Teaching the Holocaust
Considerations on New Approaches for Holocaust Education
How do we teach the Holocaust in a meaningful way? This is a question I have grappled with over the years and my answers have ranged from my Weimar and Nazi Germany role-play, to primary source analysis, to film-heavy units. I invite you to visit my newly inaugurated virtual museum honoring my grandparents. It is filled with the best sources on the Holocaust, a museum guide, videos clips, historiography discussions, and my grandparents own stories gleaned from their testimonies.
Why do I use my grandfather's Holocaust Testimony in my class? Besides our family connection, I think there is something relatively unique in his story. Within Holocaust education, we tend to focus on the experience of German Jews, including the Nuremberg Laws and Kristalnacht, as well as the horrors of Auschwitz. This narrative leaves out, however, a vast array of experiences, including those of the Baltic Jews like my grandparents.
My grandfather's story, which began in Riga, Latvia, includes one of the most horrific one-day massacres by the Einsatzgruppen during the genocide, which is now known as the Rumbula Massacre. It is important that we gain a better understanding of these firing squad massacres, as historians now recognize that more Jews died in such a manner than at Auschwitz. In those two days, he lost most of the members of his family, including his mother, two younger sisters, and his pregnant wife.
His story also reveals some of those unknown (or forgotten) examples of resistance that failed to achieve their goals but demonstrate remarkable courage. He speaks of the Riga ghetto uprising in which Jewish policemen smuggled in weapons, only to be discovered and executed. He speaks of stealing vegetables and tobacco only to have the other "thieves" hung in front of everyone while he managed to escape notice. And he speaks of his one attempt to escape with my grandmother, only to return because of the risks of the forest. His brother, who did not, died in the woods at the hands of the SS.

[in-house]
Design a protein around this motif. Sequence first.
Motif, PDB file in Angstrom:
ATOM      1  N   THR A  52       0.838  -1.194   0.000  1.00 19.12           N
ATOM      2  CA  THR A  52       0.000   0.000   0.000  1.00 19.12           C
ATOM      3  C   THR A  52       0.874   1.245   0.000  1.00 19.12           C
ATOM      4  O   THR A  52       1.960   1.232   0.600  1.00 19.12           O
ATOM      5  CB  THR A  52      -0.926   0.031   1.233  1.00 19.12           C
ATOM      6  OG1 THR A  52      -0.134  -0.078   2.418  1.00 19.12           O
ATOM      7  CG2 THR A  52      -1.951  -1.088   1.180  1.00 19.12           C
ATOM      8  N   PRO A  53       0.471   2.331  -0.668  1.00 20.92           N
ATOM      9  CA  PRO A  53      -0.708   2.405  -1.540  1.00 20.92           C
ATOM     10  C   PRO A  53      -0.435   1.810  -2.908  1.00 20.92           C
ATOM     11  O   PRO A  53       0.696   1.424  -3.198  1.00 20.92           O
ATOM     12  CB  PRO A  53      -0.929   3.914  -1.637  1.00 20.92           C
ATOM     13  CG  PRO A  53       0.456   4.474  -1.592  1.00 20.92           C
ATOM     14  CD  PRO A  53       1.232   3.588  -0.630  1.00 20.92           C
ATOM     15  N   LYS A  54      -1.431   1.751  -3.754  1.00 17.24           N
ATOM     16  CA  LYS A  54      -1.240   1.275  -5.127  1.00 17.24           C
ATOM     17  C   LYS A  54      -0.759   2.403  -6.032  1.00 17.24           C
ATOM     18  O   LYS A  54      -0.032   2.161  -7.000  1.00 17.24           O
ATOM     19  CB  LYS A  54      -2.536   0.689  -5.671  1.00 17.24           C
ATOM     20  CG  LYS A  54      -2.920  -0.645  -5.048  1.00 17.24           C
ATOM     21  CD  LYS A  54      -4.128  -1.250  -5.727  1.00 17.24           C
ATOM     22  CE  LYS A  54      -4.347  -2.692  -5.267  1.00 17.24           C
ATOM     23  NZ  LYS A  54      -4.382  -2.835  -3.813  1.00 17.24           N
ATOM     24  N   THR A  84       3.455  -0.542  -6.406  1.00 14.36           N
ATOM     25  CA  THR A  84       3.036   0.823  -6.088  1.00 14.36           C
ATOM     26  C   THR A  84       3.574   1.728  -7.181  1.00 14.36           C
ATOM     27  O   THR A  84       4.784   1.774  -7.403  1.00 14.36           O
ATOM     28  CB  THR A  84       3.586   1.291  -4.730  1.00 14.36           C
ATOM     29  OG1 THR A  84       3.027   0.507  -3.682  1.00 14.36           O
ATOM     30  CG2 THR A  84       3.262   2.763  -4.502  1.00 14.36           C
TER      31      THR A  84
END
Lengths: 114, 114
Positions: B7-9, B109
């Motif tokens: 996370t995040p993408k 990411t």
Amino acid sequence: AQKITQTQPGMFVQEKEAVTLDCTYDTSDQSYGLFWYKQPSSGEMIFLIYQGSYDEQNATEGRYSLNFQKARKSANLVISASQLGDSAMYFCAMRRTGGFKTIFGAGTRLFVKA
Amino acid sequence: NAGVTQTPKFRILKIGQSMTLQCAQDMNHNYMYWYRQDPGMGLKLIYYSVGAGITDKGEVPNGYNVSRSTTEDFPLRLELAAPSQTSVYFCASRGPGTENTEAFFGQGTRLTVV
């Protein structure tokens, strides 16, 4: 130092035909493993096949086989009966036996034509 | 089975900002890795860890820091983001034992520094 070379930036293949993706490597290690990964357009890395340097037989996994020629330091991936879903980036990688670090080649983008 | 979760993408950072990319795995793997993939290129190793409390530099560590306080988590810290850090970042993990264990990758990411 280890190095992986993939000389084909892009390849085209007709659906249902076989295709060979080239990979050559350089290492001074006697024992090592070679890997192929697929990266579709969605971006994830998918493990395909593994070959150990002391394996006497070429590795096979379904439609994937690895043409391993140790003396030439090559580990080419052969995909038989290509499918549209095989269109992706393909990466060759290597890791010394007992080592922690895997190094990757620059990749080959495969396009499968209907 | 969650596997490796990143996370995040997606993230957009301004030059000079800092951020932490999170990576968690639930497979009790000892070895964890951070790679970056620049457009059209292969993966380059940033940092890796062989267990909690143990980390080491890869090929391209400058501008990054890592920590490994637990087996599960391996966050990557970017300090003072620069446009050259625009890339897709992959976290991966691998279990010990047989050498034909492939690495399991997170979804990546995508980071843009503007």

His story does include one of the mostly unknown death camps and its gas chambers: Stutthof. He describes a death march. He talks of the despair of losing loved ones and the strange experiences of humanity, such as meeting my grandmother and falling in love. And then he ends with one of the most gripping tales of liberation: with the Soviets and British closing in, the Nazis load Jews on a boat and blow it up. He and my grandmother avoid the trap and instead hear the sound of a British rescuer saying "You don't need to be afraid of the Germans anymore."
His video is also a prime opportunity to work on the historical thinking skill of sourcing. While we should, of course, believe the overall story of any survivor, in an oral history we must be careful about what can truly be remembered after 60 years. We discuss the problems of memory and what we can accept as "true" and what parts of the story, like dialogue, might be true in a sense while the details are recreated. Will he tell the story differently because I am his grandson than he would to a stranger?
I also show them how we can corroborate his stories with other sources. After he discusses the Rumbula Massacre or the Riga Ghetto resistance, a quick check on the internet links here show the strength of his memory -- correct to the date. In fact, I bring up that my grandfather is an unusual source for an oral history because of his remarkable memory. He was featured in a book because of his incredible memory, his obituary mentions it, and his family remembers how at age 93 he named everyone's birthday in the family, including my sister's dog. His recall of detail extends to his describing the 14 gold coins he held onto from a Nivea creme box.
My grandfather, however, gets one major fact wrong. He describes how on the day of liberation the Nazis blew up a boat with 7,000 people in it. He calls the boat the Capricorn. Many times, I attempted to corroborate this story, with no luck. I tried different spellings of the boat. I couldn't find it. The story seemed almost too incredibly brutal and tragic. Then I found out the story is even more tragic. I managed to identify the boat as the SS Cap Arcona, a luxury cruise liner transformed by the Nazis into a prisoner barge. They did, indeed, load it up with Jews and political prisoners and send it out into the waters. It did blow up. But they didn't do it. On the same day the British liberated Stuthoff, they also blew up the boat and killed 5,000-7,000 innocent prisoners. It appears, tragically, that they thought the boat was filled with Nazis attempting to escape, and thus they sent it to the bottom of the waters.
What does the story mean as historians? We must believe the survivor's story, we must connect to it, we must remember it. In the case of my grandfather, we can even believe details told 60 years later. But he didn't get it all right. It was logical for him to believe the Germans blew up the boat. Why would he think the British did it? But even those in the midst of the story aren't always privy to all the information we have on hand decades later.
Thank you, Grandpa.